Last month in this space, I reviewed a series of market projections for 2014 from Harvard University as well as the industry’s leading associations.
Rock 'N' Roll Remodel
Requests for an in-home recording studio might not seem unusual for remodelers in and around Los Angeles, but what about the rest of the country?
Requests for an in-home recording studio might not seem unusual for remodelers in and around Los Angeles, but what about the rest of the country? This type of project is popping up in markets throughout the country as the musically inclined are turning basements and garages into high-tech studios. Matt Jans, president of Starfire Homes in Palatine, Ill., attributes the growing interest in home studios to the evolution of recording equipment.
“The equipment has come down to prices that people can afford, and the quality of the digital equipment has gone up,” says Jans, whose company has completed several remodeling projects involving in-home studios.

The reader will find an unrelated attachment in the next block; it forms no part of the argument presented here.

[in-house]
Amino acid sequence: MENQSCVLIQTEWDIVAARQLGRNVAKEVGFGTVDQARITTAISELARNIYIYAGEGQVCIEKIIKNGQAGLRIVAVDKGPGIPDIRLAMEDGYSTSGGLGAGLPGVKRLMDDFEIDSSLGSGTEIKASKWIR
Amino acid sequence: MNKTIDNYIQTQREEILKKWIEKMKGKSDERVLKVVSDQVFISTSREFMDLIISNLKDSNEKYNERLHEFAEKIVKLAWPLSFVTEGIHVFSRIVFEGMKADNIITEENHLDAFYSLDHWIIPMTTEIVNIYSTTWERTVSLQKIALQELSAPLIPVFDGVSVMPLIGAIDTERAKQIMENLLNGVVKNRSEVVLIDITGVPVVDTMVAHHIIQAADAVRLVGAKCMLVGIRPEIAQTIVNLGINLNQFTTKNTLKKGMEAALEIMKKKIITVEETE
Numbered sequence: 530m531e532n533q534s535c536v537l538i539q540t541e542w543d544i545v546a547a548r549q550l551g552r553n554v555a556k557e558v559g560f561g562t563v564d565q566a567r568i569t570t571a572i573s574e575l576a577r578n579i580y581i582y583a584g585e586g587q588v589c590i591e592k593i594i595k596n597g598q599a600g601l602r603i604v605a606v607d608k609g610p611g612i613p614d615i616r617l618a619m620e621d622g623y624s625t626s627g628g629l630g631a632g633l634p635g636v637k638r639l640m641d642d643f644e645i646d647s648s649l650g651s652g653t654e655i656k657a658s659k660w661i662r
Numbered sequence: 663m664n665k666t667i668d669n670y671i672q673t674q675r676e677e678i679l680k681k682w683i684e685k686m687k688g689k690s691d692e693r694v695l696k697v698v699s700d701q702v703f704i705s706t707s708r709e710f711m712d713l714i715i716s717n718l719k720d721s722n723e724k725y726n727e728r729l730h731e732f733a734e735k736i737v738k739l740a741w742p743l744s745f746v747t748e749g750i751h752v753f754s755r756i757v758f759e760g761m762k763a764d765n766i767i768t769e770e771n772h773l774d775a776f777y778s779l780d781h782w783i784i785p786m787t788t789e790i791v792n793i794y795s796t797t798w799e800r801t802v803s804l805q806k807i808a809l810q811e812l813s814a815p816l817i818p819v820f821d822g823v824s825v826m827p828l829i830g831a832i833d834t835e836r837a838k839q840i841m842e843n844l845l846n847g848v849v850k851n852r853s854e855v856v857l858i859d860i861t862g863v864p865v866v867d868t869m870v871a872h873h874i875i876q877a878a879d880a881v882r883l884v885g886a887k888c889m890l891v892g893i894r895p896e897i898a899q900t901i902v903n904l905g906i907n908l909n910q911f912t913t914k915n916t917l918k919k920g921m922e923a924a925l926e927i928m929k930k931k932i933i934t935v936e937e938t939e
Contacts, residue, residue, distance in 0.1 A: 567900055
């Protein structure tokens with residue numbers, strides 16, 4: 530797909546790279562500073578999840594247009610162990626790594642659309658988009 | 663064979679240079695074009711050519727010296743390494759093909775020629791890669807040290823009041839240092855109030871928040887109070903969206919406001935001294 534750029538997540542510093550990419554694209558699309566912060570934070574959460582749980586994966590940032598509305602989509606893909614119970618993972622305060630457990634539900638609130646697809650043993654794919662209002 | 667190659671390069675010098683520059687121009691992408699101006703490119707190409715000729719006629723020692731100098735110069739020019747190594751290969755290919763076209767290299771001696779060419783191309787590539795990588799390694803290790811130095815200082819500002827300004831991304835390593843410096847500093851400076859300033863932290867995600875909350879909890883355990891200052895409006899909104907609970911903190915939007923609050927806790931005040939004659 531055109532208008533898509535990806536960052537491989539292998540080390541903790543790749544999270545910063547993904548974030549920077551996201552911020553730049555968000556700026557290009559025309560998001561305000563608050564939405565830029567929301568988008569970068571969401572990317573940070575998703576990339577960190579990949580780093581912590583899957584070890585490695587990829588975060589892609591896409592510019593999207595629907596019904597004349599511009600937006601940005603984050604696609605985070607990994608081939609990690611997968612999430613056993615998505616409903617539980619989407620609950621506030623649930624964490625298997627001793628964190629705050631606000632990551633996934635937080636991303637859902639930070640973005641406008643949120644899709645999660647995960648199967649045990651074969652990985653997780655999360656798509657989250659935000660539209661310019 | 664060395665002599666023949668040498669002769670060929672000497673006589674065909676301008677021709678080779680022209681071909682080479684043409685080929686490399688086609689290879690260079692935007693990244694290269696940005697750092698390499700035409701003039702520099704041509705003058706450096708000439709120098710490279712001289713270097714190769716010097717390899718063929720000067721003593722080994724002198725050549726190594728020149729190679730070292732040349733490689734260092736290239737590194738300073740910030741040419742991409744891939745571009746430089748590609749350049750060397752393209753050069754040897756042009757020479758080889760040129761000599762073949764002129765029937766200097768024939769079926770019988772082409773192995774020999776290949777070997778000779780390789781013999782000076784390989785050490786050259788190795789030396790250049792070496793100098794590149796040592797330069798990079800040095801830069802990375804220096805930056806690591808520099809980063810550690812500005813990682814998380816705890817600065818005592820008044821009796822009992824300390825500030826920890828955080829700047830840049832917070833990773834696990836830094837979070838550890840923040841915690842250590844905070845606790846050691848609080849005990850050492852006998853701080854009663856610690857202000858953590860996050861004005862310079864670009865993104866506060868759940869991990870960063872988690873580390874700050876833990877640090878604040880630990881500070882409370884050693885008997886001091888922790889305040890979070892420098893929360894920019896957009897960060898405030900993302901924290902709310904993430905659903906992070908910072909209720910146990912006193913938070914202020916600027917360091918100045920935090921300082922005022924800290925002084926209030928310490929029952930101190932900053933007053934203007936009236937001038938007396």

An in-home studio makes sense for a serious hobbyist or part-time professional who would otherwise have to book studio time at hourly rates of $35 to hundreds of dollars.
A basic studio remodel, sans equipment, can be had for about $10,000, but an almost-pro studio will run about $20,000, Jans says. “You have to contain the sound so it doesn’t transmit to other parts of the building,” he explains.
At minimum, Jans uses a double row of studs — the first row absorbs vibrations so that the second row doesn’t. Resilient channels, typically used on common walls in townhomes, work well for in-home studios and help keep project costs down.
A typical ceiling involves suspended acoustic panels packed with sound-absorbing insulation. On a more sophisticated project, Jans might cover a concrete floor with furring strips, install a layer of insulation and lay a hardwood floor to improve sound quality.